Is The World Becoming More Westernised?

Op-ed

From Snapchat to Starbucks, Instagram to McDonald's, countries around the world are beginning to have more and more things in common. This is down to globalisation: increased trade and cultural exchange mean that countries are developing similar cultures. But, in this world, does this mean that nations are adopting western culture?

Definition

In order to have a fully-formed opinion on this topic, it's important to know what exactly these words mean. According to the Cambridge dictionary, globalisation is a situation in which available goods and services, or social and cultural influences, gradually become similar in all parts of the world. Basically, this is when the culture of different countries become similar. According to the Merriam-Webster dictionary, westernisation is conversion to or adoption of western traditions or techniques. In other words, it is when different countries start developing western culture.

As we can see, there is a difference between the definitions. Theoretically, globalisation does not automatically mean westernisation. However, in our society, there seems to be a fine line at most between the two. This article is going to explore whether or not we are becoming more westernised as a globe.

Movies

I guarantee that each and every person reading this article has seen a Hollywood movie, or at least heard of one. Hollywood is the largest film industry in terms of box office gross revenue and is expected to generate $72.1 billion in revenue by the end of 2020. This is no surprise, considering that this film industry is hugely popular, with people all over the world glamorising and obsessing over major Hollywood stars. The movies tend to glorify the American culture and way of life and these ideas are spread all over the world as so many people watch Hollywood movies. This means that people in different countries start to adopt the American culture as they think that this is normal or 'correct'. For example, in almost every Hollywood movie there is romance involved- including intimate touch, teenagers in love etc. Many other cultures and religions frown upon this (for example, in Islam, it is forbidden to touch anyone of the opposite gender unless you are married to them) but, because these movies influence so many people, this style of dating is considered normal.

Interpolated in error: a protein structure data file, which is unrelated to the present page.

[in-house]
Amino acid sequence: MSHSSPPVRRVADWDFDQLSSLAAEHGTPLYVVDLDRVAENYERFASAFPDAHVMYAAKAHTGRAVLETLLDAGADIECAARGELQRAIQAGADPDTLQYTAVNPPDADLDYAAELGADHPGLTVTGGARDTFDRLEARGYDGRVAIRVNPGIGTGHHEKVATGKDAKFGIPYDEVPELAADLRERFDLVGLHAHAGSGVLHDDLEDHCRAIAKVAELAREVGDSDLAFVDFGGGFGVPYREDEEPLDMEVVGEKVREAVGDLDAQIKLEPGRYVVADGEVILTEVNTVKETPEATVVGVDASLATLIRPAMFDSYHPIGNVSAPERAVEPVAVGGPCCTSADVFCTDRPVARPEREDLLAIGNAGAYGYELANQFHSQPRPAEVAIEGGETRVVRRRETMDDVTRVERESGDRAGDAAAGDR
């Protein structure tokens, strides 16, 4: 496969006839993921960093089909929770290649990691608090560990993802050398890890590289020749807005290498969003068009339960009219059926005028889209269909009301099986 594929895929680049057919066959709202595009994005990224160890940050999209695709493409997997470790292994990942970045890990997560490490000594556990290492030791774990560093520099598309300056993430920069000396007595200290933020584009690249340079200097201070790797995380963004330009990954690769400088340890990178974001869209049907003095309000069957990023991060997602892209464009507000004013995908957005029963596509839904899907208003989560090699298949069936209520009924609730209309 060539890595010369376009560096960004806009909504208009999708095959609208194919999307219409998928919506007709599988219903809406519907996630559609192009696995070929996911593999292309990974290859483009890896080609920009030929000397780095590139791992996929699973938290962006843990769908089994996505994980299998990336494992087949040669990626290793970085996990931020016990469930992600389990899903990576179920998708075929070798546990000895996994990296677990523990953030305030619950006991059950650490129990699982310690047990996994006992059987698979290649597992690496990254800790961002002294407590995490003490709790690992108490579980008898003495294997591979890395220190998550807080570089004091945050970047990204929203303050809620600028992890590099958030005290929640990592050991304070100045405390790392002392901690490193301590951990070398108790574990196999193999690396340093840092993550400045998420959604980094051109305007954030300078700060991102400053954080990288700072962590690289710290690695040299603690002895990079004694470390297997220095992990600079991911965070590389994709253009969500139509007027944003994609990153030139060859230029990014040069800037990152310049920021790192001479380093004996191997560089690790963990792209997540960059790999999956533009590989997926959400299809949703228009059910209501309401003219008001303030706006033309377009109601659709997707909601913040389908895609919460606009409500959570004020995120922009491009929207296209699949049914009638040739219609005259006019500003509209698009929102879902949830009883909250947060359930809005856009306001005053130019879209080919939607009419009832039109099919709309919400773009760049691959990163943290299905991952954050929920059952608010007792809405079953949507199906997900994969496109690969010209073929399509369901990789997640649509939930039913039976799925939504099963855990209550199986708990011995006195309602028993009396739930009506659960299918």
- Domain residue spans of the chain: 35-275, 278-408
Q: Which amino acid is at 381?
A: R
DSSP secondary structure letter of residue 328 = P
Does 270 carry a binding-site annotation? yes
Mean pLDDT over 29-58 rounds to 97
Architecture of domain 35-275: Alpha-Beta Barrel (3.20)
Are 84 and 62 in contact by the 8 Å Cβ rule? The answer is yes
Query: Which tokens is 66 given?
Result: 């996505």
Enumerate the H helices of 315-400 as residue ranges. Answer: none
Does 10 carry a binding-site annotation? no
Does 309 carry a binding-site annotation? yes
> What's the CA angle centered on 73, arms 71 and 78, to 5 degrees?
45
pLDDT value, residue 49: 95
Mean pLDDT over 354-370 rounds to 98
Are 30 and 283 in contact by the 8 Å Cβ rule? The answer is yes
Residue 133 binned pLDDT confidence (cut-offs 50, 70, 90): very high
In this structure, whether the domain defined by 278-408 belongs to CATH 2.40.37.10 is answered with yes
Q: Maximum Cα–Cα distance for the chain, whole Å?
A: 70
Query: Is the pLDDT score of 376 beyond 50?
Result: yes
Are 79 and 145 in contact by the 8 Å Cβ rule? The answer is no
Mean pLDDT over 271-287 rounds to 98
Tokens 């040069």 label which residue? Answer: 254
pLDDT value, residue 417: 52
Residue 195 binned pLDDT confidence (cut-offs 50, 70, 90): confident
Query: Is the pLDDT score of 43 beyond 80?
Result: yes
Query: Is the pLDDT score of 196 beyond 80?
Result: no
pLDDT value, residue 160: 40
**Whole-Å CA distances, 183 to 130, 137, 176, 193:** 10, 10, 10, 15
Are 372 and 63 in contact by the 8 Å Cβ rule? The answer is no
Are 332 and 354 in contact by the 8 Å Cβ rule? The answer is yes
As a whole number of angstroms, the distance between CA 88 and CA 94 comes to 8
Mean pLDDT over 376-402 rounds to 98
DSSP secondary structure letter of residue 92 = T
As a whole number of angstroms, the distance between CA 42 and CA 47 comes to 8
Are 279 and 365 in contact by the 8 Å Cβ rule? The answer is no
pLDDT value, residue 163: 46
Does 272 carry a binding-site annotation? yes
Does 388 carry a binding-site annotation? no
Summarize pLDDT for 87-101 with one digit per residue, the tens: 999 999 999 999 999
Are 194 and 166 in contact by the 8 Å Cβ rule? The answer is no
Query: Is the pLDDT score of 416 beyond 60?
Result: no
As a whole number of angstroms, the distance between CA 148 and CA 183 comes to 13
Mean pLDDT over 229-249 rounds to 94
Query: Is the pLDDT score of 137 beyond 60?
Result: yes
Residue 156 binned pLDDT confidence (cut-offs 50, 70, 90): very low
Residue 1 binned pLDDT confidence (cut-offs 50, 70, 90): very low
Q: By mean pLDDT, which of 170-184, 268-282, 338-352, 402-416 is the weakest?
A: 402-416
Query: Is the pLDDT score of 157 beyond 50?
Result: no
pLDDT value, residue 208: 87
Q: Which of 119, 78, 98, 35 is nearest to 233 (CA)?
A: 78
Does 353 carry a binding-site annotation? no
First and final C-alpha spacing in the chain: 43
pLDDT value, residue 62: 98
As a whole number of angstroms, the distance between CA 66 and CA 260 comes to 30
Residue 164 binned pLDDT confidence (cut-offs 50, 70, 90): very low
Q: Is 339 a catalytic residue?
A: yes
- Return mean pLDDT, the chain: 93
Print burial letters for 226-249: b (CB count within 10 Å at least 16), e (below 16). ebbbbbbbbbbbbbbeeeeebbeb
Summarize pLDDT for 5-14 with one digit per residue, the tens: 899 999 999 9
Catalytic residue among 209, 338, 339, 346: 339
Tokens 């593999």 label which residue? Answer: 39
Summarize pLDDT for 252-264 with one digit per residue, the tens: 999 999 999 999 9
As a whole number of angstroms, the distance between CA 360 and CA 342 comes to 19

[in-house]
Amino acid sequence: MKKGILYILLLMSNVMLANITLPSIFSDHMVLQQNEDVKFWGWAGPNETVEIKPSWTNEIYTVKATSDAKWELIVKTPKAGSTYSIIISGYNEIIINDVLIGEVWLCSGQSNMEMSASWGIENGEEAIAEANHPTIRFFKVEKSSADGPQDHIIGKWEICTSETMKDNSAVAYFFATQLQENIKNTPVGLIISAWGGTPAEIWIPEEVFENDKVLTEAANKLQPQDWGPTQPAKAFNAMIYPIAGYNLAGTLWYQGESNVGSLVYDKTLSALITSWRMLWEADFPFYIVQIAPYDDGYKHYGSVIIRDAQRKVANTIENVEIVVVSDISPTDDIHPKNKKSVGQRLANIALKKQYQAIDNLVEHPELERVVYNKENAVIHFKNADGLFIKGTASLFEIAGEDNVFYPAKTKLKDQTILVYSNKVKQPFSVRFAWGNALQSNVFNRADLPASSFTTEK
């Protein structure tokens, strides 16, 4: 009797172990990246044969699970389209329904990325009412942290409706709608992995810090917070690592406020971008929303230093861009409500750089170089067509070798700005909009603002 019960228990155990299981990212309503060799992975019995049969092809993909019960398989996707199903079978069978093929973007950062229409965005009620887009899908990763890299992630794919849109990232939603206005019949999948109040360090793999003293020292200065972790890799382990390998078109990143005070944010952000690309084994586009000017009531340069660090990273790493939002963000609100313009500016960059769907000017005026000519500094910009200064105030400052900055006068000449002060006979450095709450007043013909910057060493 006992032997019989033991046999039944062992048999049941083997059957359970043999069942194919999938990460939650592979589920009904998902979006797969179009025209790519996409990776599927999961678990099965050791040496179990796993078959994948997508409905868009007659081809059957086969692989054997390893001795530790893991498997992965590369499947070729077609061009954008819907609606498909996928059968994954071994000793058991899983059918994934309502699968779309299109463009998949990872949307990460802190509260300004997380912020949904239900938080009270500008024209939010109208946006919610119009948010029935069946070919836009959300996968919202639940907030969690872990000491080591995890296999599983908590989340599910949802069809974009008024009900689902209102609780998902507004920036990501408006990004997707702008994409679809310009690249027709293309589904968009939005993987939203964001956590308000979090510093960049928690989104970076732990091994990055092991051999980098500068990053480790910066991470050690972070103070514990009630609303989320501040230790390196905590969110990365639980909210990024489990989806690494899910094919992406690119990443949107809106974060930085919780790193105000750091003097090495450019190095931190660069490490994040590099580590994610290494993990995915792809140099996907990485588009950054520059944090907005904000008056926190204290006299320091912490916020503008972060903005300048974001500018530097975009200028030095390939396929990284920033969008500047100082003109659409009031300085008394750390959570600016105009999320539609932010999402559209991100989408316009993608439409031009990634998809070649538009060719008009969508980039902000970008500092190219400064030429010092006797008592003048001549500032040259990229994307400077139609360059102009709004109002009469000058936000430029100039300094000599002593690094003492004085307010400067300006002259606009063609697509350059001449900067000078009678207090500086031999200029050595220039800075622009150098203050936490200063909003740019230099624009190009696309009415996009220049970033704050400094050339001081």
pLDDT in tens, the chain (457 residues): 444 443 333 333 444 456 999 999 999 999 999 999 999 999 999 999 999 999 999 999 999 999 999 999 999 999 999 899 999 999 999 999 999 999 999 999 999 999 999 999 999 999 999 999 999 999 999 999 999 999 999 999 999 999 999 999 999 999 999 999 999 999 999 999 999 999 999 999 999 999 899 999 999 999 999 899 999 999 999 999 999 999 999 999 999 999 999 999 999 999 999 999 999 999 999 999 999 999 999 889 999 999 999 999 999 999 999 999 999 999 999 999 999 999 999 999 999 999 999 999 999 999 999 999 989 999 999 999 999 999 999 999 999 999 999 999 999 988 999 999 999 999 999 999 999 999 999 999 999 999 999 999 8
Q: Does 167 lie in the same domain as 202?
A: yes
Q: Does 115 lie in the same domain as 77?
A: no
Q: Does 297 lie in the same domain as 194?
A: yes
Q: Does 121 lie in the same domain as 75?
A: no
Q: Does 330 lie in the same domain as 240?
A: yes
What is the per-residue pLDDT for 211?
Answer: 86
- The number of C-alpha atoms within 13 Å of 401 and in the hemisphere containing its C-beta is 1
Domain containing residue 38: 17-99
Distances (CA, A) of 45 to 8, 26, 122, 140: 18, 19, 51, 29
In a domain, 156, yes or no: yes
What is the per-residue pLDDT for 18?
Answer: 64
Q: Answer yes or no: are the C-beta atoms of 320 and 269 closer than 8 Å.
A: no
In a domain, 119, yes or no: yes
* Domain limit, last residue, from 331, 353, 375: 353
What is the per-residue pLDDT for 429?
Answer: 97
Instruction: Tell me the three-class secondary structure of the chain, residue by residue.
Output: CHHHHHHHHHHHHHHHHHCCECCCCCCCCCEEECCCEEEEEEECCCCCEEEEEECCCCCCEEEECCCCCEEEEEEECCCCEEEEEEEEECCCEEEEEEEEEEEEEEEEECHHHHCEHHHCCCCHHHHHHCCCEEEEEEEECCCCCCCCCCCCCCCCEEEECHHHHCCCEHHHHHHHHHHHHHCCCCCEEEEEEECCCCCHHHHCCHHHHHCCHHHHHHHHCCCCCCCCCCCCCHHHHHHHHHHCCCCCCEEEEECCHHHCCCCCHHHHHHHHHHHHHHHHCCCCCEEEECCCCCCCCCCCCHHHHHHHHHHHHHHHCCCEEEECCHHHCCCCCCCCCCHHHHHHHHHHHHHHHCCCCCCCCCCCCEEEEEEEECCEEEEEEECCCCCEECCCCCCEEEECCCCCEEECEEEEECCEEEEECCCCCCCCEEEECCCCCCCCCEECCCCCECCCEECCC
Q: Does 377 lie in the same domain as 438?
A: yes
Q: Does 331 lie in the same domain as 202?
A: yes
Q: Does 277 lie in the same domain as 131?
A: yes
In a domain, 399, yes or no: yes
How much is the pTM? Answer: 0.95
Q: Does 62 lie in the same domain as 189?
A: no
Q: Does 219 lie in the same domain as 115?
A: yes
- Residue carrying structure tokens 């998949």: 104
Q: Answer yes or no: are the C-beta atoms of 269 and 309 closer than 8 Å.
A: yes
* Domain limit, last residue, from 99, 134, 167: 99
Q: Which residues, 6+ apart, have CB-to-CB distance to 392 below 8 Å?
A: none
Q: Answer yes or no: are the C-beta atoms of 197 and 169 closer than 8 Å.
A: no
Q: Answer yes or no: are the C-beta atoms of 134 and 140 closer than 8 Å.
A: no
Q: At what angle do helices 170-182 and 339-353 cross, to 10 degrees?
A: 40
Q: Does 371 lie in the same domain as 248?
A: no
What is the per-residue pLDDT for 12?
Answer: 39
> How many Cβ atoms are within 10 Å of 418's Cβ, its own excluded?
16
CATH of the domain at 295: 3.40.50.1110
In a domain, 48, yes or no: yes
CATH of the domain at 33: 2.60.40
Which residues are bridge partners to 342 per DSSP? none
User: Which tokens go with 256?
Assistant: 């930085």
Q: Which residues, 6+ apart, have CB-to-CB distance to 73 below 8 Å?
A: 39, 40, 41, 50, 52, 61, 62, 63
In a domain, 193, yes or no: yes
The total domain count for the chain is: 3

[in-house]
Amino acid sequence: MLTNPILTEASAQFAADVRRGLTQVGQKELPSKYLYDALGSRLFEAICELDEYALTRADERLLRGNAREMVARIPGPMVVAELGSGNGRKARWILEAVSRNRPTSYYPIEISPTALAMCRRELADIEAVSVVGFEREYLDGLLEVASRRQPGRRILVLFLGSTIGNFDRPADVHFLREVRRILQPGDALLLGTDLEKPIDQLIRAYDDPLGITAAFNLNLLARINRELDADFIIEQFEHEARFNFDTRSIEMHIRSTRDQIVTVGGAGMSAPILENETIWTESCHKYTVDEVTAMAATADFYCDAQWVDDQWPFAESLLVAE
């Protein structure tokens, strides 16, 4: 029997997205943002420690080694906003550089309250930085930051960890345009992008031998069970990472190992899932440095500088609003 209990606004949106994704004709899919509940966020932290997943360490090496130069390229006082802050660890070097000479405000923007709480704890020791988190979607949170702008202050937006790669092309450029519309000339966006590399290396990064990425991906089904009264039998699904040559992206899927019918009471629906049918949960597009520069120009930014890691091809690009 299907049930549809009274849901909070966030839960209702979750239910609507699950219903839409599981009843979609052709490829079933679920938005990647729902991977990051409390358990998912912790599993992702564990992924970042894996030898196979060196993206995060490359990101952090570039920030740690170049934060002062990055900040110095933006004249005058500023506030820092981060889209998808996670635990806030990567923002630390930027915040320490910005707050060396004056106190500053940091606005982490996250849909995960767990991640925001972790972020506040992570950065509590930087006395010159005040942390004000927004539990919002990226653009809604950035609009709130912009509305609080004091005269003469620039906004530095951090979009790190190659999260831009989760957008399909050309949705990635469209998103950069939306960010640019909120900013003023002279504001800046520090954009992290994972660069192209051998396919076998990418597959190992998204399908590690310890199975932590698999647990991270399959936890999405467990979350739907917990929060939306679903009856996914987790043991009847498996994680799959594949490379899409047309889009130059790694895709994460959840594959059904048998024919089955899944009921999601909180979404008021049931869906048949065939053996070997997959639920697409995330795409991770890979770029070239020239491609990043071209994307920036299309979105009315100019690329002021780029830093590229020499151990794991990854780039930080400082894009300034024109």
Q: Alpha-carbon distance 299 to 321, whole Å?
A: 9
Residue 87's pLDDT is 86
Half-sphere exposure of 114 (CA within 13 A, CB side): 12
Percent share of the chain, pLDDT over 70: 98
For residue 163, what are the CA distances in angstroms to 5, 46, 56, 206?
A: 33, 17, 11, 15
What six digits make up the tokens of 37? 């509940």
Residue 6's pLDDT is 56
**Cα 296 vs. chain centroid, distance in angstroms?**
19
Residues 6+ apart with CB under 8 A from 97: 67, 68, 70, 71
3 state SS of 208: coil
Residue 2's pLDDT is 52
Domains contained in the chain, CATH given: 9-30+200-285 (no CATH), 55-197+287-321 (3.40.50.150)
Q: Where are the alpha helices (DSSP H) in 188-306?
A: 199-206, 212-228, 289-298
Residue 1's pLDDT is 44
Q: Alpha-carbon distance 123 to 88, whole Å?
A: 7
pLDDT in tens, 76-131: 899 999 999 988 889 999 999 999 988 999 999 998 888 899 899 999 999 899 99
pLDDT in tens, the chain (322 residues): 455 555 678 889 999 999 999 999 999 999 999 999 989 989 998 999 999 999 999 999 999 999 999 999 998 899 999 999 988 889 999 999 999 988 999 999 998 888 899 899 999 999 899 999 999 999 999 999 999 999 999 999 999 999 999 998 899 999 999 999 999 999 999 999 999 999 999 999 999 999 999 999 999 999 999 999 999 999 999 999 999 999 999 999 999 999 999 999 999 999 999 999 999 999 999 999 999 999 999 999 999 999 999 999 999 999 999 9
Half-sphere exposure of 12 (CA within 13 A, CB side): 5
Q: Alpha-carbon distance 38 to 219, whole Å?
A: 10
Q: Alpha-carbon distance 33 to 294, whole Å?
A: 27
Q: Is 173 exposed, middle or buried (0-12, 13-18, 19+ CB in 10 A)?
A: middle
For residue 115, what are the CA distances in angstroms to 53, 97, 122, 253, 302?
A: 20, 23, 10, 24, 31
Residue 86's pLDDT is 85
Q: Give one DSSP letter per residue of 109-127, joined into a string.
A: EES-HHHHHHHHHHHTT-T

On the other hand, there are a lot of other film industries from different cultures that are very large as well. For example, Bollywood (the Indian film industry) sells 2.2 billion movie tickets annually- which is more than Hollywood does. However, these movies are not as globally spread and most people who watch them are originally from South Asia.

Clothing

Another aspect of this debate is the clothes that people wear. A Western-style of dress, with T-shirts, jeans and trainers are worn by most people around the world. This could be down to a variety of different reasons. One of these reasons is modernisation (the act of making something more modern). Western civilisation is much newer than ancient civilisations. Some communities tend to wear western clothes for everyday activities, but local clothing is worn on special occasions (such as religious holidays or weddings). Eastern clothing is worn on traditional occasions that have been occurring for centuries whereas western clothing is worn when participating in relatively modern activities (going to a restaurant, going to an office, shopping in a mall etc.). Therefore, this reinforces the idea that western is modern and eastern is traditional. Large clothing shops such as Topshop, H&M and Zara are seen all over the world and tend to sell western clothes.